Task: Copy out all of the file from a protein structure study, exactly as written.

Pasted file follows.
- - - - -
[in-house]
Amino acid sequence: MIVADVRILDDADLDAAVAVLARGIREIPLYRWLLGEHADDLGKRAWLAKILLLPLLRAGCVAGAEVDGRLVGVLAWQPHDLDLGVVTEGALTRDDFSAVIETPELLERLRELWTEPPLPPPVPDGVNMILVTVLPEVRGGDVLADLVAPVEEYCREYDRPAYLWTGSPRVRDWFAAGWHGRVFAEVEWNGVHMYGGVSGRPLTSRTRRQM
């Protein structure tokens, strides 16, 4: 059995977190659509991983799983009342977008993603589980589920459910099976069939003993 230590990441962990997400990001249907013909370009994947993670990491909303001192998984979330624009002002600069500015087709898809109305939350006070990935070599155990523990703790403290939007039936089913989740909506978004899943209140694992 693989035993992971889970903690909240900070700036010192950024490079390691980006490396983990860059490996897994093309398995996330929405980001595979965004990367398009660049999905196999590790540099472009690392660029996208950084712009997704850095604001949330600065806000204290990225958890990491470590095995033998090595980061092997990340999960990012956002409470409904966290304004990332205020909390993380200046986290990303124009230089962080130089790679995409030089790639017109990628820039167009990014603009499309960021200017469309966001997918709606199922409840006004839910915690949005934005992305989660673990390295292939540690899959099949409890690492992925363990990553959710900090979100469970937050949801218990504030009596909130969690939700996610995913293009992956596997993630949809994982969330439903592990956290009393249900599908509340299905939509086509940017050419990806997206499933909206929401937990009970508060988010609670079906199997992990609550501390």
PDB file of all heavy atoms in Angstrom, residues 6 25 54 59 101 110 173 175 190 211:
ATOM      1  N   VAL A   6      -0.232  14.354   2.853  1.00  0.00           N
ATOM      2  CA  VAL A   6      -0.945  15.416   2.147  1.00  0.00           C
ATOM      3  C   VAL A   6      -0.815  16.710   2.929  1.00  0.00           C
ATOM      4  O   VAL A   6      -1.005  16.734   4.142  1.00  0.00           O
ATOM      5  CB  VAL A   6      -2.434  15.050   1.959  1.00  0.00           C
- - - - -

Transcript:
[in-house]
Amino acid sequence: MIVADVRILDDADLDAAVAVLARGIREIPLYRWLLGEHADDLGKRAWLAKILLLPLLRAGCVAGAEVDGRLVGVLAWQPHDLDLGVVTEGALTRDDFSAVIETPELLERLRELWTEPPLPPPVPDGVNMILVTVLPEVRGGDVLADLVAPVEEYCREYDRPAYLWTGSPRVRDWFAAGWHGRVFAEVEWNGVHMYGGVSGRPLTSRTRRQM
């Protein structure tokens, strides 16, 4: 059995977190659509991983799983009342977008993603589980589920459910099976069939003993 230590990441962990997400990001249907013909370009994947993670990491909303001192998984979330624009002002600069500015087709898809109305939350006070990935070599155990523990703790403290939007039936089913989740909506978004899943209140694992 693989035993992971889970903690909240900070700036010192950024490079390691980006490396983990860059490996897994093309398995996330929405980001595979965004990367398009660049999905196999590790540099472009690392660029996208950084712009997704850095604001949330600065806000204290990225958890990491470590095995033998090595980061092997990340999960990012956002409470409904966290304004990332205020909390993380200046986290990303124009230089962080130089790679995409030089790639017109990628820039167009990014603009499309960021200017469309966001997918709606199922409840006004839910915690949005934005992305989660673990390295292939540690899959099949409890690492992925363990990553959710900090979100469970937050949801218990504030009596909130969690939700996610995913293009992956596997993630949809994982969330439903592990956290009393249900599908509340299905939509086509940017050419990806997206499933909206929401937990009970508060988010609670079906199997992990609550501390």
PDB file of all heavy atoms in Angstrom, residues 6 25 54 59 101 110 173 175 190 211:
ATOM      1  N   VAL A   6      -0.232  14.354   2.853  1.00  0.00           N
ATOM      2  CA  VAL A   6      -0.945  15.416   2.147  1.00  0.00           C
ATOM      3  C   VAL A   6      -0.815  16.710   2.929  1.00  0.00           C
ATOM      4  O   VAL A   6      -1.005  16.734   4.142  1.00  0.00           O
ATOM      5  CB  VAL A   6      -2.434  15.050   1.959  1.00  0.00           C